My audio library is 900 books. This is the first time I have felt so compelled to comment that I can't not do so. The author's detailed examination of one human's obligations to another is cast upon backgrounds large and small, each easily identifiable thanks to meticulous thought and writing. This is also the first book I have listened to a second time and will do so again and again. It is not for everyone, only those who are up for thinking and whose natural curiosity is drawn toward human dynamics. Thank you, Berhnard Schlink, for taking the time and making the effort to develop your talent for our benefit.
Avid listener on my daily commute!
I wanted to like The Reader, but toward the end especially, I just couldn't wait for it to be over. Too much inaction, and too much unsaid.
Though I purchased the book at the same time the movie was in theaters, I profoundly enjoyed listening to it. I was surprised by the ending and felt a sense of loss for one of the main characters. I would recommnend this book to anyone.
I really enjoyed the story and the characters came to life because of the fine writing of Bernhard Schlink.
A very realistic and emotional story, and just the perfect length. Excellent plot.
Very anxious to listen to his other books.
...in collective guilt. This story will keep me thinking for days and days. The use of a pedophilic 'love' story as the backdrop for a study of Germany's collective guilt over the holocaust is, if not appropriate, then at least congruous. Although you never come to sympathize with the characters, exactly, you do feel the deep tragedy that their lives become.
I was eager to listen/read this after seeing an interview with kate winslet. She spoke of the book with such high praise. I was intrigued by the characters and held in suspense until the very end.
This is the best book I have listened to or read since The Book Thief. I listened to all 4 hours in one sitting. Absolutely briliant!
"Listening to The Reader"
The character Hannah loves to be read to, and so listening to this sympathetic reading felt apt. I really like the book, just as I did the film. Wikipedia told me that Schlink is a professor for public law and the philosophy of law, and sometimes works as a judge. And his expertise informs this fascinating work about post war Germany and its moral dilemmas, which among other things is also is a story of doomed love. A proper grown up read. Great stuff.
"Captivating and moving"
I enjoyed this book tremendously; it was both captivating and moving. A story which gripped me from the start and kept me wanting to listen to more; I ended up finishing it a lot more quickly than I would normally. The emotions surrounding the love story, well they were all there: sadness, loneliness, compassion, sympathy, happiness, to name just a few. The narration was wonderful too and even though I finished it a few days ago the story has stayed with me. This is a fantastic book that I would recommend to anyone.
"Short, captivating, moving"
A great observation of a character caught within believable yet tragic circumstances, not an easy listen but moving, great human quality to the writing and subjects. Recommended highly but not an easy listen.
"Superb - a must read"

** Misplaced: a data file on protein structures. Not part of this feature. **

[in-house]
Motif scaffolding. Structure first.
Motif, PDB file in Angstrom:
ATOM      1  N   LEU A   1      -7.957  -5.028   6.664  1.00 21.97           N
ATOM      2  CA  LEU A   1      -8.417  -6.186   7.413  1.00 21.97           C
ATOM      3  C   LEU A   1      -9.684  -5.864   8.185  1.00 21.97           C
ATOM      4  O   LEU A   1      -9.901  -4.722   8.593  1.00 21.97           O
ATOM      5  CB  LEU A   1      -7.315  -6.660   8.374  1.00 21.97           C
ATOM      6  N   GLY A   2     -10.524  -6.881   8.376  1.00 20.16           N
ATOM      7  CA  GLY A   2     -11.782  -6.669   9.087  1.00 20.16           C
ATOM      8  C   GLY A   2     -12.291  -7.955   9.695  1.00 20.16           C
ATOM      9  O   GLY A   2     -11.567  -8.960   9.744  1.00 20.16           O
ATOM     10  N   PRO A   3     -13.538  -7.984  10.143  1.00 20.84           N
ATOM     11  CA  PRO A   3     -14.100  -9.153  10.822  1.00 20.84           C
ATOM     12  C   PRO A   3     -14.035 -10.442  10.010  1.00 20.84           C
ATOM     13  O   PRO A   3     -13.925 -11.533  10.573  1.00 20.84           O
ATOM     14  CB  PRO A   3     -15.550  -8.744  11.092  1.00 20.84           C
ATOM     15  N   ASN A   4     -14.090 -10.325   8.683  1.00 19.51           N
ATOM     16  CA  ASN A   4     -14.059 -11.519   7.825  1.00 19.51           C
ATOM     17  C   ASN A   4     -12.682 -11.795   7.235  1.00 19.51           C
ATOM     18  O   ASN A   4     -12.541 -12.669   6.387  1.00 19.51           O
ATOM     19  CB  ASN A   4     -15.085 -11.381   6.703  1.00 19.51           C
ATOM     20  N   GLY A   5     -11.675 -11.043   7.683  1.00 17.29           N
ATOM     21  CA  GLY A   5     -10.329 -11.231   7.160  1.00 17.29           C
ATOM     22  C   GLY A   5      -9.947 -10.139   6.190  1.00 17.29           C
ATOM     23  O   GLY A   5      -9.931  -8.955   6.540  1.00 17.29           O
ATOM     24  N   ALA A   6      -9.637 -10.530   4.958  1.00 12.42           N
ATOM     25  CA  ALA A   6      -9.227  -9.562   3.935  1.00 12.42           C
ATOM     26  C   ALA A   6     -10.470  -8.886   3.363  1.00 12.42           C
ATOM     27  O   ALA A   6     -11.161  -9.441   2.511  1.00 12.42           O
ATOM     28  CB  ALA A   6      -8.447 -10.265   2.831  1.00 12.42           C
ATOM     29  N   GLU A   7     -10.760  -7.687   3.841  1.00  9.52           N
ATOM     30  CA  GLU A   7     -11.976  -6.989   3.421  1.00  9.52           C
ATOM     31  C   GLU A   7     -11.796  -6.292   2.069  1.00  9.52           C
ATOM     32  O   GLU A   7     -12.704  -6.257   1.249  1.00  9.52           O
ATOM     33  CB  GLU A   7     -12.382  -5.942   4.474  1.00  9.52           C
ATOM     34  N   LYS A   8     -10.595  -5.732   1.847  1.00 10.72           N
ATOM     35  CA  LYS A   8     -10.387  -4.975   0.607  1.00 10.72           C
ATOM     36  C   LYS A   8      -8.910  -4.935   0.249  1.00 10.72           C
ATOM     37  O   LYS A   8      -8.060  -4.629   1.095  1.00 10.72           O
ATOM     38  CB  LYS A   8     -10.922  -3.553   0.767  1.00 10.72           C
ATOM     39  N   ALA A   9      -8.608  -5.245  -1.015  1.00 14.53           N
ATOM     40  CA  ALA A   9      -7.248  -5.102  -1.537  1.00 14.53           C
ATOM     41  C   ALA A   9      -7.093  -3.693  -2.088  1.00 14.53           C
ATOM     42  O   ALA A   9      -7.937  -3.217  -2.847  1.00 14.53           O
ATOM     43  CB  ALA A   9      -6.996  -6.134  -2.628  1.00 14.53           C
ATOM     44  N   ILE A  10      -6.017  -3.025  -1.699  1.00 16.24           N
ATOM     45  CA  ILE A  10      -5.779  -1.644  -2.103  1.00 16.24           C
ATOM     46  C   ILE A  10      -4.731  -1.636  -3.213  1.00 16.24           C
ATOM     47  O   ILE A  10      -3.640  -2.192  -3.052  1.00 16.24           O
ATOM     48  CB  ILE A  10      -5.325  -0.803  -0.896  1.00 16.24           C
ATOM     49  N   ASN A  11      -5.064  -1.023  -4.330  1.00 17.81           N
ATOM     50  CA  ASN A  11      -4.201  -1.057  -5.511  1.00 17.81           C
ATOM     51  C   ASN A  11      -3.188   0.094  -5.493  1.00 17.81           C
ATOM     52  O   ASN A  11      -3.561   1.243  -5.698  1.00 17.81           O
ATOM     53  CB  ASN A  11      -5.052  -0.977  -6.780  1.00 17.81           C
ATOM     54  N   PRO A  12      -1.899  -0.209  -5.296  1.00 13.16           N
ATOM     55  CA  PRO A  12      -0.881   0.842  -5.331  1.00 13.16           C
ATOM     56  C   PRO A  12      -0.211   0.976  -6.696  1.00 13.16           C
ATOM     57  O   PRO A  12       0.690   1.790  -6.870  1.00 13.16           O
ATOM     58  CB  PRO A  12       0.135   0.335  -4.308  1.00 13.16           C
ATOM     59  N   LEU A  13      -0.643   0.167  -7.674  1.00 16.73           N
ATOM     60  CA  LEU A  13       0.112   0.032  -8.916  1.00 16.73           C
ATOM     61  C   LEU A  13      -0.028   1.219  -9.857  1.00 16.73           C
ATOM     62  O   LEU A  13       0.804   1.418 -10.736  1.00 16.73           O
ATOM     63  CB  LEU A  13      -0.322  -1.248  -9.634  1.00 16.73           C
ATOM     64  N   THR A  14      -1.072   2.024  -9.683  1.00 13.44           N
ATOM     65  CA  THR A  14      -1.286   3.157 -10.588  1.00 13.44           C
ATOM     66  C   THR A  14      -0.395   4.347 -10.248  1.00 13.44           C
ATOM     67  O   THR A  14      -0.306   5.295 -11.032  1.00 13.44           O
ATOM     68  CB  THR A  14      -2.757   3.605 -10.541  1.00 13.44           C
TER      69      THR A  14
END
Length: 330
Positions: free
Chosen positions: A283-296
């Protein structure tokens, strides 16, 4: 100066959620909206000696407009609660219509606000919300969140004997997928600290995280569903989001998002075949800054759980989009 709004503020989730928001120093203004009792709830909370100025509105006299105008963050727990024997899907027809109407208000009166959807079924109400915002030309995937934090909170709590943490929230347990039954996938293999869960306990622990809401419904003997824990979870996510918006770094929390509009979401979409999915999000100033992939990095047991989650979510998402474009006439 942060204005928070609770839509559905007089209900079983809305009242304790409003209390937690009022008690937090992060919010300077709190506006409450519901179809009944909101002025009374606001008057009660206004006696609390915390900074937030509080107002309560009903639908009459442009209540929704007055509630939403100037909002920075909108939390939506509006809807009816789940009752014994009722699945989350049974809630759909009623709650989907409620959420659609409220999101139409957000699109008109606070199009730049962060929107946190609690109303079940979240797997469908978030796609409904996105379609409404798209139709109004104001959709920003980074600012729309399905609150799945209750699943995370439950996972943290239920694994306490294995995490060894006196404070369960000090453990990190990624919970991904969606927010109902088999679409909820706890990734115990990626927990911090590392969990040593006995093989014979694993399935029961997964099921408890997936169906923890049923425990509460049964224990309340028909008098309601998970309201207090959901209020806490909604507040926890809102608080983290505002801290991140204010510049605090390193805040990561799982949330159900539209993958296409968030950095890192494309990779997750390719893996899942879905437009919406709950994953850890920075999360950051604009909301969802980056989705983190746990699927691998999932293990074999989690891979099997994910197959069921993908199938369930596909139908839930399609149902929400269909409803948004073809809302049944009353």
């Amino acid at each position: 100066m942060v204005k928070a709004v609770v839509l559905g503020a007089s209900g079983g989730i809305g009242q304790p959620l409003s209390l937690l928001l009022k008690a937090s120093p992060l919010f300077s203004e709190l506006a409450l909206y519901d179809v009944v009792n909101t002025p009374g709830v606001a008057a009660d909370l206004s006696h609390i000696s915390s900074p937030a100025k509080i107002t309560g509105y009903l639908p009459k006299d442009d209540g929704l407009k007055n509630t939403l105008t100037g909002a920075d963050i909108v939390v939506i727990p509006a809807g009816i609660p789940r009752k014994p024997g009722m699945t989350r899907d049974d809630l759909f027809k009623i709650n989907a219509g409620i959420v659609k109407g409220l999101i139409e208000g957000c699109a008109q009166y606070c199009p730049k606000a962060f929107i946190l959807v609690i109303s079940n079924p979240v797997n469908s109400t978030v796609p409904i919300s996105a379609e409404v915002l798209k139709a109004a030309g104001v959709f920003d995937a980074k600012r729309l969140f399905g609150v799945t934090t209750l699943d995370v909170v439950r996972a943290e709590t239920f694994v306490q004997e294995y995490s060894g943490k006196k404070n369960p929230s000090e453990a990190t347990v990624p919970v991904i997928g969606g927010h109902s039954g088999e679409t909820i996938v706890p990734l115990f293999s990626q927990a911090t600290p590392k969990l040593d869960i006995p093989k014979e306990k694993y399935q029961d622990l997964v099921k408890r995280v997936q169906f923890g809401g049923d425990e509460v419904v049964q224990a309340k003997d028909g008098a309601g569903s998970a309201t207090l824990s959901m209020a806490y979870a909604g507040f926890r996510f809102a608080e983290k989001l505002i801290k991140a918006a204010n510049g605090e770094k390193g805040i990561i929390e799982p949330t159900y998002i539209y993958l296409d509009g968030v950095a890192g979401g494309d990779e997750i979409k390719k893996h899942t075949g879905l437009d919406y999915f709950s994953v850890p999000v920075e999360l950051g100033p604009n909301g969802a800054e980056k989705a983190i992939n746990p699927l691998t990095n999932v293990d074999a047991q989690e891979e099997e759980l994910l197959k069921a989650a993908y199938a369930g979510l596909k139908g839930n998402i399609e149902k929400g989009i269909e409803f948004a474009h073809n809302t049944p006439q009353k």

A book I will read and re-read. It has something to offer of increased depth and insight every time you return to even a few pages. It both entertains as a story at the most superficial level whilst offering the reader who wants it, a profound analysis of the inter-generational problems faced by the Germans of the Second World War and their offspring. At the same time it confronts the evil capacity of every human soul - that possibility that even we, normally pleasant, upright people might get drawn into monstrous acts.
What I really liked was that the book never trifles nor offers simplistic solutions to this enigma. A must read.
"I lived every up and down!"
I loved this book, I haven't watched the movie and I don't think I want to. The emotions were captured perfectly, I related to every anxious moment, fantastic book.
"Open Your Mind"
There may be books that will make you a better person, they may be books that will help you change your life.
But every now and then you should read or listen to a book that challenges your preconcieved ideas about what is wrong and right and makes you think.
Every thing about the reader should make you hate the two main characters - is Hannah a preditor taking advantage of a boy not yet a man? Is Michael morally corrupt because he does nothing to help Hannah when he realises that he could save her from jail?
Or are these two people just human beings with the same faults and failabilities that we all have?
The final twist caused me to audibly gasp.
This is not a book to listen too when you want something light and breezey - this is a book to open your mind.
I really enjoyed this and just didn't want it to end. Excellent reading and Brilliant story.
A riviting book that I listned to in one sitting. It is difficult not to feel sorry for Hannah, an ex concentration camp guard but we should not lose track of the of the horrors that were committed in those camps especially by the female guards, three of whom were executed after the war for their crimes. This book takes you through the whole spectrum of emotion from tenderness and love to the horror of what she did. All through the eyes of a young German boy whose life was changed for ever after coming into first contact with her. I would highly recommend this book to anyone with even the smallest interest in what is the German collective guilt after the Second World War.